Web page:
The State Houses – What’s At Stake in 2010

Thirty-nine states will be electing a governor during the 2009-2010 election cycle. Of these, eighteen races will not include an incumbent and four incumbents who will be running were not elected to their current position. The recession and huge budget deficits threaten to undercut the power of incumbency for governors running for reelection.

The Current Line-Up


Hoeffel Shuffles the Dem Deck in PA

By · Sep, 21 2009

Hoping to lay claim to a geographic and ideological base in the 2010 Democratic gubernatorial primary, former Congresscritter Joe Hoeffel told pa2010.comhe will be a candidate. Following months of speculation as to whether any candidates from Eastern PA (other than unproven political wannabe Tom Knox) would enter the fray to challenge two western frontrunners, there’s been a flurry of activity (Scranton Mayor Chris Doherty is leaning toward tossing his hat in as well).

Hoeffel is positioning himself as the “progressive” in the race.

Hoeffel, fueled by a concern that the party may be tacking right, made his decision after commissioning a poll on the race that his campaign said yielded encouraging results. While no formal announcement has been scheduled, Hoeffel, a former Congressman, is in the process of staffing up for his first statewide campaign since he lost a Senate race to Arlen Specter in 2004.

“I do intend to run,” he told in an exclusive interview on Sunday. “I’m going to move forward aggressively. I’m in the race and ready to ride.”

Considering the high-profile Senate primary fight between party-switcher Arlen Specter and Joe Sestak, embracing the liberal banner could be a politically courageous move. While Keystone Democrats have seen their registration numbers soar over the past two years, many of these new Democrats were enticed to join because they wanted to participate in the Obama/Clinton presidential contest. They are almost unquestionably more moderate or conservative in their ideological views than the Democratic electorate typical of other northeastern states. Pennsylvania also has a long history of moderation. One finds pro-life Democrats in elective office as well as pro-choice Republicans. This is a state that tends to shun ideologues (although Rick Santorum is a notable exception) and reward political pragmatism (witness Specter’s longevity).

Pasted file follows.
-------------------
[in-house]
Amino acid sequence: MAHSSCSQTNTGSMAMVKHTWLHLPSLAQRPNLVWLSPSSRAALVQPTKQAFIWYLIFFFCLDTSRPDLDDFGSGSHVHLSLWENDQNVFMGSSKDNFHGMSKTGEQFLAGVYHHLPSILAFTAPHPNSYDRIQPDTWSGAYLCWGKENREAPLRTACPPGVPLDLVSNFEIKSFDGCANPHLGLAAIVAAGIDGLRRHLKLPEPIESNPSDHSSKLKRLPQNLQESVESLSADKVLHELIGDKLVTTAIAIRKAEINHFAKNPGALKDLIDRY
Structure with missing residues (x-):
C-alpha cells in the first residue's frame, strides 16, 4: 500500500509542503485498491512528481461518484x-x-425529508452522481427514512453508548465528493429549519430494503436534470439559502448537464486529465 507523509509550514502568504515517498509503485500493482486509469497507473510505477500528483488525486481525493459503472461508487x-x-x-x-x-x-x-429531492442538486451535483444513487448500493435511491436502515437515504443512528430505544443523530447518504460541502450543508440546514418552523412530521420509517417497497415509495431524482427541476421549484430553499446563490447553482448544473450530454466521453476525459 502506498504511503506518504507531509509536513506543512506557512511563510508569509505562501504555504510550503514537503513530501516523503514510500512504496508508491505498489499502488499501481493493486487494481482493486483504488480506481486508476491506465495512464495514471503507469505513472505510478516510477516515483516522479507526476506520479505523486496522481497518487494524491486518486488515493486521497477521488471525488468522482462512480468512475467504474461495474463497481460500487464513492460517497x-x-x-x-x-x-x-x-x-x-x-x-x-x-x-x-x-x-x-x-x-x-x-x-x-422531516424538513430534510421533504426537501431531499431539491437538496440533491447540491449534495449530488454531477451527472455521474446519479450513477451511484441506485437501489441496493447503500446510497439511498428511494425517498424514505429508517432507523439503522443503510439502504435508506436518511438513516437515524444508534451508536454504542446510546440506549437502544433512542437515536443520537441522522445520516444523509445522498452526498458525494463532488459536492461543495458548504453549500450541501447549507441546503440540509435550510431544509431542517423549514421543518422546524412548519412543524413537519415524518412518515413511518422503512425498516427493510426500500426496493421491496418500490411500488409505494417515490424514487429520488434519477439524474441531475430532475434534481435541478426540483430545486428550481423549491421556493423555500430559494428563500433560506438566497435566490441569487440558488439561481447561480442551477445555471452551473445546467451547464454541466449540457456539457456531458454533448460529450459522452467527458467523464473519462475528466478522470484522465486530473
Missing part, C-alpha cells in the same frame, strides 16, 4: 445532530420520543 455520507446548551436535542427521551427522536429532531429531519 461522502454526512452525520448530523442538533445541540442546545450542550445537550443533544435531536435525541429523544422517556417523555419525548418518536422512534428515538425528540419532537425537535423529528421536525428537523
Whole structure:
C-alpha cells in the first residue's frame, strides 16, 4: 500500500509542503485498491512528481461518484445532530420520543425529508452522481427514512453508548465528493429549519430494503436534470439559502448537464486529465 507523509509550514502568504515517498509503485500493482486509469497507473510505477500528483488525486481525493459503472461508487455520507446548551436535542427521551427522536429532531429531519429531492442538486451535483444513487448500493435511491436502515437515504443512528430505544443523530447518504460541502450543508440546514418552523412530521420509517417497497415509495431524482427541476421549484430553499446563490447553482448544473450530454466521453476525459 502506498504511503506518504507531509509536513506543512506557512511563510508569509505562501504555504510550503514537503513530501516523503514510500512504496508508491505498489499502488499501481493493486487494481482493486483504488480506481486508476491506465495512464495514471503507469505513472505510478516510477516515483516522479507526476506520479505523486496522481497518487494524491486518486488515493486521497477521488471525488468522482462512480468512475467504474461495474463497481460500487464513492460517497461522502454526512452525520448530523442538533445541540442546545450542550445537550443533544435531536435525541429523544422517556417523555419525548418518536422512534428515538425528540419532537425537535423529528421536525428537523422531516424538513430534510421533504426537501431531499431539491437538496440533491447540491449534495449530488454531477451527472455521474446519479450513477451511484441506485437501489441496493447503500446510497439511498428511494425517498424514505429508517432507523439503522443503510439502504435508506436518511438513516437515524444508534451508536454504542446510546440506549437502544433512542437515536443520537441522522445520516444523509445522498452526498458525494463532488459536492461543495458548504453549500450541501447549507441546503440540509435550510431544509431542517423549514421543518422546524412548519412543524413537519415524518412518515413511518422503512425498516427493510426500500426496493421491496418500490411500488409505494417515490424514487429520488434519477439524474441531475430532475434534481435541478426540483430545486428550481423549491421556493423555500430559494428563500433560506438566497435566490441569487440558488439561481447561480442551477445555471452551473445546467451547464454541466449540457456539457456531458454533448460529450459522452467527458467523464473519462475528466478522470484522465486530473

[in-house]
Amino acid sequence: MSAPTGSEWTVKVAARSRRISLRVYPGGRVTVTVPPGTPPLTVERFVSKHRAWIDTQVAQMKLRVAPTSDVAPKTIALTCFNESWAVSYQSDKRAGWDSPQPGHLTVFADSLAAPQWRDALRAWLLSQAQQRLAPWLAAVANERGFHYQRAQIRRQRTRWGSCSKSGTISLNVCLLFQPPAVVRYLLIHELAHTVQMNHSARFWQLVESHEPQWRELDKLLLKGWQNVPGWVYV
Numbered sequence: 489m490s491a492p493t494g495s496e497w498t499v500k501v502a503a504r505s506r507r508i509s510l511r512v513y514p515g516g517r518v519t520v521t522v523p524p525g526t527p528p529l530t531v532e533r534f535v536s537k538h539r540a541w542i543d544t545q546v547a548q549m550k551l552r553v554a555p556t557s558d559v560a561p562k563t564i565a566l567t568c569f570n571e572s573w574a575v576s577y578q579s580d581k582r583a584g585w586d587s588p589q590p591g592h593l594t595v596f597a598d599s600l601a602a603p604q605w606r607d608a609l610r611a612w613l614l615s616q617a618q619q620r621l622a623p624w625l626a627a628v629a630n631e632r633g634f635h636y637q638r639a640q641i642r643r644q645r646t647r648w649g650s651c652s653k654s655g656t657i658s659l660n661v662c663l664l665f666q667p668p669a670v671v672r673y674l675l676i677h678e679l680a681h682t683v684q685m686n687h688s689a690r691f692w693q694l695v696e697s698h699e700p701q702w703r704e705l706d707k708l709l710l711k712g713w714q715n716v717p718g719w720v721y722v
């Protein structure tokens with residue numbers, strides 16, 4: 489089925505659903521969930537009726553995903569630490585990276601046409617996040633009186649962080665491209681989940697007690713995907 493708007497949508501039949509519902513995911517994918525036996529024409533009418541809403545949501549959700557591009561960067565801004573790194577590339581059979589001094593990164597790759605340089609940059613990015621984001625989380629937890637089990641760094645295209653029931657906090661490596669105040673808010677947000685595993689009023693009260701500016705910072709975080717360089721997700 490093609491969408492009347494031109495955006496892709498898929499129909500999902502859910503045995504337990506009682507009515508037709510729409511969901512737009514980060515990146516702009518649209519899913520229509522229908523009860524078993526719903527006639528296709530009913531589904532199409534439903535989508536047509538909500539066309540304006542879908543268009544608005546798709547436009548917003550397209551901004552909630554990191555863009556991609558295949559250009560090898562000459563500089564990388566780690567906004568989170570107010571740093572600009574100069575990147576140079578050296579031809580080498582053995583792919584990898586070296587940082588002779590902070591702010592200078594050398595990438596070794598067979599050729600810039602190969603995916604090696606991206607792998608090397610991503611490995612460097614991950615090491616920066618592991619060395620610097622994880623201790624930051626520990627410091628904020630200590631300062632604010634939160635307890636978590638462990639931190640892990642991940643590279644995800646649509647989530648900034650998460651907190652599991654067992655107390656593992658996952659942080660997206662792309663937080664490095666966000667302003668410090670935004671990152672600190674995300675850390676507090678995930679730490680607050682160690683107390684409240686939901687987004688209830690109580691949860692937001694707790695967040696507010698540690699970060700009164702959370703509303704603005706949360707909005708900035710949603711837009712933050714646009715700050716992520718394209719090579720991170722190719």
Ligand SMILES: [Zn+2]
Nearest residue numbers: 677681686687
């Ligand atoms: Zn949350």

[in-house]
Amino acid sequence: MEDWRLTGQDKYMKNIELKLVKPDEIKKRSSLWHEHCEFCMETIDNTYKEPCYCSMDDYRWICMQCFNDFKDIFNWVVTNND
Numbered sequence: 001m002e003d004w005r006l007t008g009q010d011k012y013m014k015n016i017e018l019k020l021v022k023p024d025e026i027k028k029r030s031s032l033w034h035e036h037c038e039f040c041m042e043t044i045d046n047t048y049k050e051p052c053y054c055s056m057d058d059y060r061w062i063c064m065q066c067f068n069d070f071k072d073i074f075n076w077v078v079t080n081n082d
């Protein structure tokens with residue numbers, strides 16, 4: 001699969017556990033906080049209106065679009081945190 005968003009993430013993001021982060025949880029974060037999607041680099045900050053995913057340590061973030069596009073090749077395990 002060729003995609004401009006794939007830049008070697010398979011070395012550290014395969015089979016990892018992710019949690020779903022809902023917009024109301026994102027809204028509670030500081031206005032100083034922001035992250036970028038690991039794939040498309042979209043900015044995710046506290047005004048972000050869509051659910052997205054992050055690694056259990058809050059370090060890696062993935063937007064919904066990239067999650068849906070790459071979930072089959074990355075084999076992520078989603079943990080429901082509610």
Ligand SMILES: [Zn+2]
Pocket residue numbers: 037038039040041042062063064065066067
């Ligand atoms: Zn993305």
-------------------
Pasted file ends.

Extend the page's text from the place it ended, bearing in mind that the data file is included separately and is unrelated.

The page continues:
Could a “progressive” Hoeffel victory (or even a strong showing in the primary) solidify a leftward shift in this swing state that so often plays a huge role in presidential politics?

According to the pa2010 post, Democratic pollster Celinda Lake conducted a survey showing Hoeffel slightly ahead of a pack of four other Democratic contenders. This narrow lead may be the result of geography and name ID.

The political challenges for Hoeffel going forward are considerable, but he could very well be boosted by a geographic base in the heart of the Democratic primary electorate. He seemed destined for political obscurity after giving up his House seat in a failed bid to unseat Specter five years ago. After being elected a county commissioner, he was looking at a term as the minority opposition in county government. But Hoeffel forged a power-sharing agreement with Republican Commissioner Jim Matthews, locking out Republican Bruce Castor and amassing a significant amount of control over policy in the suburban Philadelphia county.

He won’t have the financial resources of a candidate like Knox, and may lack insider support compared to Onorato. But hailing from Montgomery County, which has led the leftward political trend in the Philadelphia suburbs over the last decade, has made Hoeffel a mainstay of party politics in southeast Pennsylvania, where the Democratic primary is likely to be decided. And having been prominently placed on a statewide ballot in 2004, his name recognition is likely to exceed other candidates.

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Categories : Open Seats, Pennsylvania

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